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Electric Cars Are About to Turn the Corner

By Ian Lowe

Will decreasing battery costs finally enable the electric car to take off?

I used to show my students a quote that acclaimed it as the car of the future: clean, efficient, quiet and non-polluting. All it needed, the proponent said, was an advance in storage beyond the lead-acid battery, and that advance was “just around the corner”. That article was written in1903!

More than 100 years later, the biggest obstacle to the electric car is still the cost and capacity of energy storage, which limits the range of these vehicles. But that corner might finally be in sight.

Writing for The Conversation recently, a University of Melbourne PhD candidate documented the dramatic improvement in the cost of lithium-ion batteries. Valentin Muenzel notes that “the battery in typical mid-range electric car stores around 25 kilowatt-hours of energy”. Until recently, the cost of these battery-packs was typically around US$1000/kWh, making the electric car a luxury item. The weight of lead-acid batteries was also a problem, so much of the car’s energy was wasted moving the batteries around.

Now the Stockholm Environment Institute estimates the average cost of lithium-ion packs is down to $410/kWh, with “market-leading manufacturers such as Nissan and Tesla… seeing prices around US$300 per kWh”. That led Muenzel to the conclusion that “the cost of electric car batteries may be as low as $7500 today and reducing to $5000 by 2020”.

This may be the long-awaited turning of the corner. Since 2011, the number of electric vehicles on the roads around the world has doubled every year, admittedly from a very low base. Tesla has committed to investing US$5 billion in a huge battery factory that they hope will achieve economies of scale and drive prices down more rapidly.

The prospect of large numbers of electric cars provides new opportunities for smart grids and more use of renewable energy technologies, especially wind power which can be used to charge batteries overnight when electricity demand is low.

On the local scene, Tesla is installing a so-called “supercharging station” at Goulburn to make it practical for electric cars to drive between Sydney and Canberra. The new station will fully charge an electric car’s battery pack in half an hour, a reasonable time for the driver to have a coffee and recharge the personal batteries for the second half of the drive.

The 1903 writer may eventually be proven correct. Certainly the replacement of petrol and diesel vehicles by electric models will have a wide range of benefits, especially by improving urban air quality. If the power comes from renewables there will also be significant reductions in the greenhouse gas implications of transport.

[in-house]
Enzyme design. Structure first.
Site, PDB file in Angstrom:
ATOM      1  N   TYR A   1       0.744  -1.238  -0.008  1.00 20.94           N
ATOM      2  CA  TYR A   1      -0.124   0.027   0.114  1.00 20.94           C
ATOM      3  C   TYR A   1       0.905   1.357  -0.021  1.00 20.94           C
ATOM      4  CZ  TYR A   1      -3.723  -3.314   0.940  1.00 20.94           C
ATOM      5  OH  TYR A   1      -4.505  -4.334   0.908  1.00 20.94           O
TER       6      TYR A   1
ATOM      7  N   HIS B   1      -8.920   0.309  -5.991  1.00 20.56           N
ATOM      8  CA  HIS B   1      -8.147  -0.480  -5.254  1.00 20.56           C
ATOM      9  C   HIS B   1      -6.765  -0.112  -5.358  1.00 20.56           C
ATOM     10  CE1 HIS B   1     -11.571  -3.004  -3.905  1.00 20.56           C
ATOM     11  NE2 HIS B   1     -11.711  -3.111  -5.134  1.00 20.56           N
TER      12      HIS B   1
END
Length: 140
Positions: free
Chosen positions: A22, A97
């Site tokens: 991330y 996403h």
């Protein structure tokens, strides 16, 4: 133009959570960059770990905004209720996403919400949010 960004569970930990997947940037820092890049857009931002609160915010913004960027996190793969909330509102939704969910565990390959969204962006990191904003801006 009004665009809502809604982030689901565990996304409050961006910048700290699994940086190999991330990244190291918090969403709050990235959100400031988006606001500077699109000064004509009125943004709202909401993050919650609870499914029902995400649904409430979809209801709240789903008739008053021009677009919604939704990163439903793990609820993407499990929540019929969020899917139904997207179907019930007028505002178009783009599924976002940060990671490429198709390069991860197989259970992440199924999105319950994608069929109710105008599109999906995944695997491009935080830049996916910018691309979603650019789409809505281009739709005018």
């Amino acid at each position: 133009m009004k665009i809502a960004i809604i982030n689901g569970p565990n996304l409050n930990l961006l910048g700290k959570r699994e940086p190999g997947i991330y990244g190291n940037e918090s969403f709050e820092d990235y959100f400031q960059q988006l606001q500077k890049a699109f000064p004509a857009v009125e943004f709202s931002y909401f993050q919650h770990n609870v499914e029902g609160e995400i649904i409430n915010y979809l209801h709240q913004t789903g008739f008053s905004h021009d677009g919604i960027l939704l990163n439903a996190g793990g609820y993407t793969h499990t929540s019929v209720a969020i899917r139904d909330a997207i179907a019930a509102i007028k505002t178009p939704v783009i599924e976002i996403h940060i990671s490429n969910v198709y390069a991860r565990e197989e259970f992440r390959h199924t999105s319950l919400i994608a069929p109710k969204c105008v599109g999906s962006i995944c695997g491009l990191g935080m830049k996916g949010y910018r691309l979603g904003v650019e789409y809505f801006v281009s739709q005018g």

Energy White Paper Needed a Shade of Green

The Abbott government’s long-awaited Energy White Paper was depressingly predictable and predictably depressing. It wasn’t all bad, with at least an emphasis on the need to improve energy productivity: the amount of energy needed to produce the average dollar of economic outcomes.

Australia’s figure is significantly worse than the OECD average, largely because of the enthusiastic promotion of energy-intensive activities like mining. We also still subsidise fossil fuel supply and use.

There is no doubt that our performance could be improved. The 2003 government report on energy efficiency concluded that our energy use (and related carbon dioxide emissions) could be reduced by 30% using only proven technology with a payback time of less than 4 years. It is a public scandal that most of those gains have still not been realised.

Where the White Paper is critically deficient, like the politicised Intergenerational Report, is its failure to recognise the imperative of climate change. Australia needs to be going to the December UN conference in Paris with a credible plan for reducing our greenhouse gas emissions.

The government is still holding out for a dramatic cutback in the 2020 renewable energy target, causing a complete stall of large-scale installations. Only one project worth $6.6 million was approved in the first quarter of 2015, compared with about $46 million investment in the same period last year.

At the same time, ordinary citizens are still voting with their roofs. About 195 MW of rooftop solar energy was installed in the first quarter of the year, up 7% on last year.

Ian Lowe is Emeritus Professor of science, technology and society at Griffith University.